In stroke patients, both the reduction of NAA, as well as an increase in Lac has been confirmed by many groups and the time course of these alterations has been documented (53- 55). It is currently of interest, whether the Lac distribution can be used to define an ischemic Figure 1: Short-echo time PRESS spectra (TE 20ms, TR 12s) of pure metabolite solutions (25mM,37°, pH 7.05) to illustrate the spectral patterns caused by (strong) coupling, and to indicate the basisset to use if in-vivo spectra are to be decomposed into linear combinations of constituent metabolitespectra. (special thank to L. Hofmann for providing unpublished spectra) region at risk surrounding the infarcted area (55) and whether MRS can help in prognosis (56) and early evaluation of therapy (57). 1H-MRS has also been used extensively in patients with tumors. While initial optimism (58) on the potential for cerebral tumor classification and grading did not materialize readily (59), there are recent studies which are again much more optimistic about tumor classification (60,61) and treatment monitoring (62). It appears that at least the five most prevalent tumor types of the CNS can be distinguished by their specific spectral appearances. It seems crucial to use chemical shift imaging to be able to judge spatial inhomogeneities. The resulting metabolite maps can also be used for guiding subsequent stereotactic biopsies. Additionally the work of different groups indicates that advanced methods of data analysis (pattern recognition, linear discriminant analysis, neural networks) (60,61,63-65) should be used to categorize the spectral patterns.
1H-MRS has proven its clinical worth also for the delineation of prostate cancer before and after therapy (66-68).
1H-MRS is well suited to the study of pediatric diseases, in particular inborn errors of metabolism, where enzyme defects can cause a metabolite deficit (Cr, (69)) or surplus (NAA, (70)) or cause metabolites which are not detected normally to become prominent in the 1H- MR spectrum (Phe, (29,30,71)).
Absolute quantitation is mandatory if pathologies are studied that are characterized by osmolytic dysequilibria since all the metabolites observable by 1H-MRS are present in concentrations high enough to cause relevant osmotic pressure. In fact, it is believed that mI, GPC, Gln, Glu, Cr, and possibly NAA are among the most important compatible osmolytes (osmolyticaly active molecules that can vary substantially in concentration without deleterious effect (72)). It is therefore not surprising to detect major changes in cerebral metabolite contents in patients with hypernatremia (73), chronic hyponatremia (74), and renal diseases (50). In hypoosmolar states brain metabolite concentrations are reduced, while hyperosmolar states lead to increased cerebral metabolite contents. Also in other diseases, MRS alterations should always also be looked at in the light of osmotic balancing (75,76).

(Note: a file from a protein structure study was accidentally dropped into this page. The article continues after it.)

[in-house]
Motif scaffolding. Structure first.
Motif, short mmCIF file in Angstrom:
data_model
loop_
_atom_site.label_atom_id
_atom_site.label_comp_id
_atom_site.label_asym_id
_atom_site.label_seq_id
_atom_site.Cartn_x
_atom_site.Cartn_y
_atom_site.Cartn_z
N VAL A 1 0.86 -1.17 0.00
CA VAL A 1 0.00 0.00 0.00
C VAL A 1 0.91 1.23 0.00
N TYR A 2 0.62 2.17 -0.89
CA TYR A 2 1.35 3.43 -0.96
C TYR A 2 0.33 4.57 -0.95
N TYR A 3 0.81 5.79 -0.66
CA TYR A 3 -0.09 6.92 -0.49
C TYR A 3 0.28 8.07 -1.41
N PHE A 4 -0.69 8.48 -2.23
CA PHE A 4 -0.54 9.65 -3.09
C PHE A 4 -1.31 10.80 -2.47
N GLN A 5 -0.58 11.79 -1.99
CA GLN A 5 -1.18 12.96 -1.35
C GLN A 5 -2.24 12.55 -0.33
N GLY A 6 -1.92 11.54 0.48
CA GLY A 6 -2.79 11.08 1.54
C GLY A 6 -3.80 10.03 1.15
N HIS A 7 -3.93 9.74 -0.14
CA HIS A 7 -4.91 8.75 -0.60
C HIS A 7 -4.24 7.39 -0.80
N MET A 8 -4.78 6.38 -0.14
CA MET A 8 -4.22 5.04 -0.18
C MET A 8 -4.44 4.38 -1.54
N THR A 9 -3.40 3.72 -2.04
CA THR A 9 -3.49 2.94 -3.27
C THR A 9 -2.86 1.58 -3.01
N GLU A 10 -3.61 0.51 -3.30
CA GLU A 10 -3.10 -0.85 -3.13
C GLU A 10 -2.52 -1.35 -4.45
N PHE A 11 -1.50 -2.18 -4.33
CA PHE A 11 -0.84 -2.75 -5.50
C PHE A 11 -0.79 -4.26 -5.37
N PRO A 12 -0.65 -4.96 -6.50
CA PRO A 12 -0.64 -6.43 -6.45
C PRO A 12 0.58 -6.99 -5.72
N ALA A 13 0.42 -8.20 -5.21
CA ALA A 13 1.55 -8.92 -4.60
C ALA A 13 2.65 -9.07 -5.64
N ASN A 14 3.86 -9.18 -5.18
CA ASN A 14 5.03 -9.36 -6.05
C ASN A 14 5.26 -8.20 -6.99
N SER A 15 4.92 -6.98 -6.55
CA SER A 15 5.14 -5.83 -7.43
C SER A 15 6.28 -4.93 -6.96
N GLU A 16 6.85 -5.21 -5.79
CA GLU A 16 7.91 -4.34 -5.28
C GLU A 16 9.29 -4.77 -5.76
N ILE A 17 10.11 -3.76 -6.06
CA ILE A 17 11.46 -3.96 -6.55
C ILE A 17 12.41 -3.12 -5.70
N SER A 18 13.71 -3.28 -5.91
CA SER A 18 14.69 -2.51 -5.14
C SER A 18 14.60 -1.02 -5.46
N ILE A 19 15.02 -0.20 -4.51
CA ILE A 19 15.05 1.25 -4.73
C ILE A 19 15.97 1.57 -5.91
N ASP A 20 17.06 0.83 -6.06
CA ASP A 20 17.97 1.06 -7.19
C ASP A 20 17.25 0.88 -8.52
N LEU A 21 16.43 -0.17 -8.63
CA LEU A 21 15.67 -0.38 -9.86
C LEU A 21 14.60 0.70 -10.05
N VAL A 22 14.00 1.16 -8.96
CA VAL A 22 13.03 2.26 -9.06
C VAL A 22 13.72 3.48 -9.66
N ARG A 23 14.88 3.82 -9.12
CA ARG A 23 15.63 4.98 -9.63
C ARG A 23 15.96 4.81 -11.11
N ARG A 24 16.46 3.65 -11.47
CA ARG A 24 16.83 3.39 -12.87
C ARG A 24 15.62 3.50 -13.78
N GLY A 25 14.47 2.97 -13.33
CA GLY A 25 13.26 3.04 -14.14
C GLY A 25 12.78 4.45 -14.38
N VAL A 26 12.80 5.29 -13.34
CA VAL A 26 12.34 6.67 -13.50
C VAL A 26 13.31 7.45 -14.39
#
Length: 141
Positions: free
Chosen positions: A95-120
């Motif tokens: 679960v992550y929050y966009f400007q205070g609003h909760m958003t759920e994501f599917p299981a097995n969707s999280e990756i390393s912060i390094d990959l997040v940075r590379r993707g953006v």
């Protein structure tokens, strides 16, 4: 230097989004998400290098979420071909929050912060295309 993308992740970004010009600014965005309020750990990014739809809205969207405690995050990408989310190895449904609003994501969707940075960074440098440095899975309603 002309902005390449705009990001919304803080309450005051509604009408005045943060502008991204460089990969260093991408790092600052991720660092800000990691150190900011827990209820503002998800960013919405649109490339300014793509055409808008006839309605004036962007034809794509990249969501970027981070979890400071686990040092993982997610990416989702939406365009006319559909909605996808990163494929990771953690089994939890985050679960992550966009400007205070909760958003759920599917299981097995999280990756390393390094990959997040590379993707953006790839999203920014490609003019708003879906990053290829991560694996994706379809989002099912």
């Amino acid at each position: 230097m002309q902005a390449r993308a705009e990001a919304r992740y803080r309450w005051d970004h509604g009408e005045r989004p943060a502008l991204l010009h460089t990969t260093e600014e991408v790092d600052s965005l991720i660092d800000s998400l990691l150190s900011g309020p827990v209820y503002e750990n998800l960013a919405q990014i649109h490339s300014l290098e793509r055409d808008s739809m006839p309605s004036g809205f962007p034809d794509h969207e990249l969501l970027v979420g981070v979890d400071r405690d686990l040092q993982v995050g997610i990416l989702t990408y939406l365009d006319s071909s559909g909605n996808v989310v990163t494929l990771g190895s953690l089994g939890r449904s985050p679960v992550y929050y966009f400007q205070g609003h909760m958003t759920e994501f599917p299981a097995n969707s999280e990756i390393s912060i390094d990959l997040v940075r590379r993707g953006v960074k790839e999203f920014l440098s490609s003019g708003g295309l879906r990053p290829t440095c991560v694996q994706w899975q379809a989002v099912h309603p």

1H-MRS is also of great interest in studies of organ function (33,35,77-85). Visual brain activation has been shown to cause an increase in lactate and decrease in brain glucose (77,78,80). Recent results in 1H-MRS of working muscle indicate changes in IMCL levels (35,83,84), Cr signals (85) and the appearance of acetylcarnitine (33).
Specific Examples Finally, the different roles of 1H-MRS in the clinic will be illustrated by the following • Basic research in pathophysiology: The most common application of MRS is illustrated by results on the relative dynamics of blood vs. brain concentrations of Phe in phenylketonuria patients (71).
Differential diagnosis: The use of 1H-MRS for differential diagnosis is illustrated for the case of the classification of brain tumors (see above).
Surgical planning, treatment assessment: Success or partial failure of prostate cancer therapy can be monitored by 1H-MRS with CSI of the prostate (see above).
Treatment monitoring: The effect of clinical treatments can be monitored by 1H-MRS.
E.g. in a study in patients with critical peripheral arterial disease, the efficacy of a new gene therapy is monitored by 1H-MRS detection of deoxymyoglobin levels and kinetics (86).
Prognosis: In near-drowning, it has been shown that 1H-MRS can provide very early indications for the final outcome (87), and it is hoped that 1H-MRS can give the intensive care physician reliable quantitative data on which to base the planning of the extent of therapy.
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26. Seymour KJ, Bluml S, Sutherling J, Sutherling W, Ross BD. Identification of cerebral acetone by 1H-MRS in patients with epilepsy controlled by ketogenic diet. MAGMA 1999:8:33-42.
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31. Vermathen P, Capizzano AA, Maudsley AA. Administration and (1)H MRS detection of histidine in human brain: application to in vivo pH measurement. Magn Reson Med 2000:43:665-675.
32. Pan JW, Hamm JR, Rothman DL, Shulman RG. Intracellular pH in human skeletal muscle by 1H NMR. Proc Natl Acad Sci USA 1988:85:7836-7839.